(Poster for Umbrellas in the Sun collection – by Claude Stasseart)
Along with the compiled videos, Benoit Hennebert’s (often singled out as the house designer) work was a vital component. Often with contemporary album artwork the substance can feel compromised by commercial infiltration; the gloss of boutique advertising and marketing infesting and cheapening the essence of the music’s accompanying aesthetic. But in Hennebert’s case the designs feel and look as defiantly distinctive as Saville’s. Claude Stassaert, Octave, Joël van Audenhaege and many others also contributed to the Crepuscule canvas. As with the content on Crepuscule records the style of these surfaces are consistently inconsistent, with these different artists and works favouring varying images across art forms; sculpture, photography, and paint works all arising within the designs, which - as with Saville – also display typographical devotion and refinement. Records visually represented by multidisciplinary openness and bold ambition. The artwork often has the grandeur of a Hollywood film poster muted by a more oblique art film aesthetic. Frankly they make the inherent fetishism of record collecting understandable. But as well as creating artful, desirable objects, there was a mischievous streak too, specifically in how the records were administratively labelled. Often they would choose to miss out a catalogue number and randomly resume the chronology, confounding a typical subservience to consumer convenience and surely frustrating the more tragically fanatical and compulsively uptight of collectors. A little kick against the rules of commerce.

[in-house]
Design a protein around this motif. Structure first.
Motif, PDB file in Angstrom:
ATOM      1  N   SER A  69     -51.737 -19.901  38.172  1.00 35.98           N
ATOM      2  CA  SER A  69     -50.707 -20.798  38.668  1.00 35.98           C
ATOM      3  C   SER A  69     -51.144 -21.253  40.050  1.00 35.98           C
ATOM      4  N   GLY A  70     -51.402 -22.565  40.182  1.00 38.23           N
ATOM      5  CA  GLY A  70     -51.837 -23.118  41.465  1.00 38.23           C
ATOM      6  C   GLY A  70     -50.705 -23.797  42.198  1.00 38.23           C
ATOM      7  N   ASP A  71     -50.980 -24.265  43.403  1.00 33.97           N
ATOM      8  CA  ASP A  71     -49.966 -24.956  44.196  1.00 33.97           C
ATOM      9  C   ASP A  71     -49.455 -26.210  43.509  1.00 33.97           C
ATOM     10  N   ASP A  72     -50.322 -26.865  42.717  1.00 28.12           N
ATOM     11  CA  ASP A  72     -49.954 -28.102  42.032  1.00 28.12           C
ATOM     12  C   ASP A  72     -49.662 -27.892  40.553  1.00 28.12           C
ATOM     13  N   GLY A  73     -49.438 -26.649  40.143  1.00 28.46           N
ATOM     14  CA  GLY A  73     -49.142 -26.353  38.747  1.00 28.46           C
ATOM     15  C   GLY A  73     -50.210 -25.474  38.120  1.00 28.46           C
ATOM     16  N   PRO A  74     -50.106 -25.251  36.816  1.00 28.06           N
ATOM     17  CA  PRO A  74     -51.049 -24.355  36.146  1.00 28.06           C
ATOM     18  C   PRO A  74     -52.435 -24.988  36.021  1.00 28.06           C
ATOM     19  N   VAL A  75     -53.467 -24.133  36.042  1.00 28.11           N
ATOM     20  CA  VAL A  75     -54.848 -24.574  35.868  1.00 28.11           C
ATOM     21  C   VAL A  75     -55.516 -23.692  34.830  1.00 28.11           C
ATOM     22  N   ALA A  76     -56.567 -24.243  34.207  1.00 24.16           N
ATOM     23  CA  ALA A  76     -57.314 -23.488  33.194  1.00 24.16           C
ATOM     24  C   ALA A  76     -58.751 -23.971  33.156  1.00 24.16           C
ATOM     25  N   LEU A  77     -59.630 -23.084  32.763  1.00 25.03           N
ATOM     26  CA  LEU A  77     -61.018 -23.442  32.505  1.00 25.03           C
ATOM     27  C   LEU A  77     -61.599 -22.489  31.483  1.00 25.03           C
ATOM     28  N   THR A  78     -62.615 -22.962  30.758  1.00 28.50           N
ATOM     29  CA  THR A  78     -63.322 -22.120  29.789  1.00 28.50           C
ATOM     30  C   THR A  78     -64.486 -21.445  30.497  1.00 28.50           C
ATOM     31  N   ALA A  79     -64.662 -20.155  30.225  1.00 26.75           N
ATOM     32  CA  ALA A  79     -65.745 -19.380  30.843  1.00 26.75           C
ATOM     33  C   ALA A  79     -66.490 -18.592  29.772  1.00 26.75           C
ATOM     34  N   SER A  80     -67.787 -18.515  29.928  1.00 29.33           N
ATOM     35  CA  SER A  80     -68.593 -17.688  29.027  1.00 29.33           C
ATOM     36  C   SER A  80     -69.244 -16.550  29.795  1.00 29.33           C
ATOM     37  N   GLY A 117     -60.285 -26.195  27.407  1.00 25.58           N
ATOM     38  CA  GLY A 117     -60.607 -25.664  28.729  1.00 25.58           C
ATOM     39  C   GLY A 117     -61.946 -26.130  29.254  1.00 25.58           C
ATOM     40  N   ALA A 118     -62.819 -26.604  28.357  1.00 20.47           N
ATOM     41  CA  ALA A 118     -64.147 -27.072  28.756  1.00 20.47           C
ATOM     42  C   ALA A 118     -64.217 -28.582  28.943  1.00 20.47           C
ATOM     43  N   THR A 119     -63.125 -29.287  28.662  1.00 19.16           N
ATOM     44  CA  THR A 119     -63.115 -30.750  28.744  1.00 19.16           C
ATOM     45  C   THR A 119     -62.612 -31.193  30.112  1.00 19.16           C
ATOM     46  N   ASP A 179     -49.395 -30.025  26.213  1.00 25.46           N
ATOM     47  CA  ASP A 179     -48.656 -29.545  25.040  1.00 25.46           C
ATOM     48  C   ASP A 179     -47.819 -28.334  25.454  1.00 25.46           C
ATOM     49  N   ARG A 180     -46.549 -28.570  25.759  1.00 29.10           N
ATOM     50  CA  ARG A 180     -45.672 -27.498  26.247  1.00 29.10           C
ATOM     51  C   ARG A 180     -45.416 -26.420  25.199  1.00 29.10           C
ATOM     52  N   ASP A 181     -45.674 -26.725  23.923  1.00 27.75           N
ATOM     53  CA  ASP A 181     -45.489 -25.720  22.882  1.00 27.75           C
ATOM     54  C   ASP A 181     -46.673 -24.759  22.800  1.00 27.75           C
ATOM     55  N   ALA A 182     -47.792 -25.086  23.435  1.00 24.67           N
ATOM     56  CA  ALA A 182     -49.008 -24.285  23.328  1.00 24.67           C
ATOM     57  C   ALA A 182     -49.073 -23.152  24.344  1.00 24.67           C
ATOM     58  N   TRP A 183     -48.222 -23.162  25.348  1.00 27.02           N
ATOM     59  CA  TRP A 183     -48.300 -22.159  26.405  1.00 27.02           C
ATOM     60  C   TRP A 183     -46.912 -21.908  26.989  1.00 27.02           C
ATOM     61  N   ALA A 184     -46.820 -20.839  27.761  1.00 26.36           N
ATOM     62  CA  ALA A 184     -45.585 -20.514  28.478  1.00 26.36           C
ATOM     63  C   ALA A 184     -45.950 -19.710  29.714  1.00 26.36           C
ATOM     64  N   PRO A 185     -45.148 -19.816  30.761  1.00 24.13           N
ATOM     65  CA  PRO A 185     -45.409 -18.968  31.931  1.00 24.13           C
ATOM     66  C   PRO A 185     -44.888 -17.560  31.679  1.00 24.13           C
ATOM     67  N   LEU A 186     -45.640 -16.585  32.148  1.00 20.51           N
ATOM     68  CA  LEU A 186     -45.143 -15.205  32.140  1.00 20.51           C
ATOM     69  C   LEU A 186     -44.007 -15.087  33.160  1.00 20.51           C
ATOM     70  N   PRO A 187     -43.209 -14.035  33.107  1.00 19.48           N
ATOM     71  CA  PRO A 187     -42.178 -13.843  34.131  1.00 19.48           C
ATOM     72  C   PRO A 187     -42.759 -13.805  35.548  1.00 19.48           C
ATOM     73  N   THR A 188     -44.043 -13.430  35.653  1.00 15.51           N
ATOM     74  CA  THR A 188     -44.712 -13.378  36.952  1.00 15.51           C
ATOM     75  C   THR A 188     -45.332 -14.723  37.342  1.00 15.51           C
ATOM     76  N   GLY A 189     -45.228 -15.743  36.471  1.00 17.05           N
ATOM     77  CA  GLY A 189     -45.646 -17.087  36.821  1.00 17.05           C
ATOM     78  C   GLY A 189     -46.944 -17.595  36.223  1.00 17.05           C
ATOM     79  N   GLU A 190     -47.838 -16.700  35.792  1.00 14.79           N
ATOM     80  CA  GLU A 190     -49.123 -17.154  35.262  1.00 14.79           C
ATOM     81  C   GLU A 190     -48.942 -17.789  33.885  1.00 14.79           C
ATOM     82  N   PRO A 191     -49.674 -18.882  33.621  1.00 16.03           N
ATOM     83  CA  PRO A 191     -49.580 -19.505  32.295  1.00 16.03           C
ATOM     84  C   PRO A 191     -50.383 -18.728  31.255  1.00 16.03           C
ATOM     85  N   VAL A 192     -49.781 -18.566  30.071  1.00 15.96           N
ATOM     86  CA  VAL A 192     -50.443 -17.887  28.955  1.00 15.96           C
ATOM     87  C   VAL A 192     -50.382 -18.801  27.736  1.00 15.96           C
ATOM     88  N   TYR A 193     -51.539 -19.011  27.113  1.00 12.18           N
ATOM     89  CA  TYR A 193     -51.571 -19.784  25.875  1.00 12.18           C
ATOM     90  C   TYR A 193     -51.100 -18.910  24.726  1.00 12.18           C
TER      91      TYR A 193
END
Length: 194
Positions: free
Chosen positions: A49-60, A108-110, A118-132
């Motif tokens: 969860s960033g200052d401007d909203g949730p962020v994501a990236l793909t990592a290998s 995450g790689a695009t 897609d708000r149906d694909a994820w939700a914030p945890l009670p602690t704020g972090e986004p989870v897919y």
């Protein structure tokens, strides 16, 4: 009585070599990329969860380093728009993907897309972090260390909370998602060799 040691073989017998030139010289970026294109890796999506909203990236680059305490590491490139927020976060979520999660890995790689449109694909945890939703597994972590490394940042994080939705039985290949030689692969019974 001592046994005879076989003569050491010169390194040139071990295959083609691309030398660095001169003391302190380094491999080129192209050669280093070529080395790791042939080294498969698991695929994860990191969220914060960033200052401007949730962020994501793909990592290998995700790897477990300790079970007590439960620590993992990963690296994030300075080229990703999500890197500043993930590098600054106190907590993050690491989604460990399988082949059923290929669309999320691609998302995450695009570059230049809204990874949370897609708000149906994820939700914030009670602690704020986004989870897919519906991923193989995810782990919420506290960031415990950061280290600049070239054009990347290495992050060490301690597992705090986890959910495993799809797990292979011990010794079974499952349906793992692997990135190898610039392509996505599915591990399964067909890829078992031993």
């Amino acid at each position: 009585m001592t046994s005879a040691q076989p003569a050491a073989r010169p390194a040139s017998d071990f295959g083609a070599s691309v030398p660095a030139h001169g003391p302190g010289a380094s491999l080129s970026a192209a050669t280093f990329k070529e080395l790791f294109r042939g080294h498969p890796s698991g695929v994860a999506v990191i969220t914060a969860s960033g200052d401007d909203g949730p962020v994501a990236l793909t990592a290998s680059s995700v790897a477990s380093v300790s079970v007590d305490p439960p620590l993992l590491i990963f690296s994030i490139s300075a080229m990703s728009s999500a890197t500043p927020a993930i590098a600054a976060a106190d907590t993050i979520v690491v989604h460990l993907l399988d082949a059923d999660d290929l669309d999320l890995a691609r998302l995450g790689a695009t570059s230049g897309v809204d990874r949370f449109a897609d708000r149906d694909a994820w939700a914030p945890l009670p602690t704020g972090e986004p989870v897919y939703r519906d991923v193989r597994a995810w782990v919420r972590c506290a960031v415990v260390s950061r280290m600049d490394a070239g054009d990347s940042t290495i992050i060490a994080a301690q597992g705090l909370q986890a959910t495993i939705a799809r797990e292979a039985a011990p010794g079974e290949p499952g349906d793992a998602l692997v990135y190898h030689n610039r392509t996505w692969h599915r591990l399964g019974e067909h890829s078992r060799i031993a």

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(And a few more from the archive)
Although the aesthetic and outlook of Crepuscule at its outset suggests a successful label devoid of creative inhibitions, the tours organised by Crepuscule and headed by its acts were a less glowing source of pride. The labels showcase in London in 1981 at Heaven was inversely described as ‘hell’ on the notes for ‘The Fruit of the Original Sin’ another Crepuscule compilation, which featured a live segment of Marine recorded at the same show (more on that later) Although Marine impressed some, the majority failed to make a lasting impact with one particularly harsh journalist labelling the other acts - Swamp Children, Repetition, Eric Random, and Richard Jobson - as ‘sad, shallow shadows’ (ouch)
Following this, the North-South tour in 1982 featuring The Names, The Durutti Column, and Tuxedomoon was devised as one in which hit singles (if ever there were ‘hits’ in the conventional sense for these acts) were eschewed in favour of more obscure material. Although on the back of one of Crepuscule’s tours, The Names became the first Belgian band to record a Peel session, the less accommodating approach the tours were characterized by did not translate to enduring, widespread acclaim, and the adventurous tactic of airing new material at the expense of safer favourites was abandoned by many as the tour wore on. There’s little favourable and significant remembrance of these acts and these shows, especially when compared with the cult worship of the Factory roster.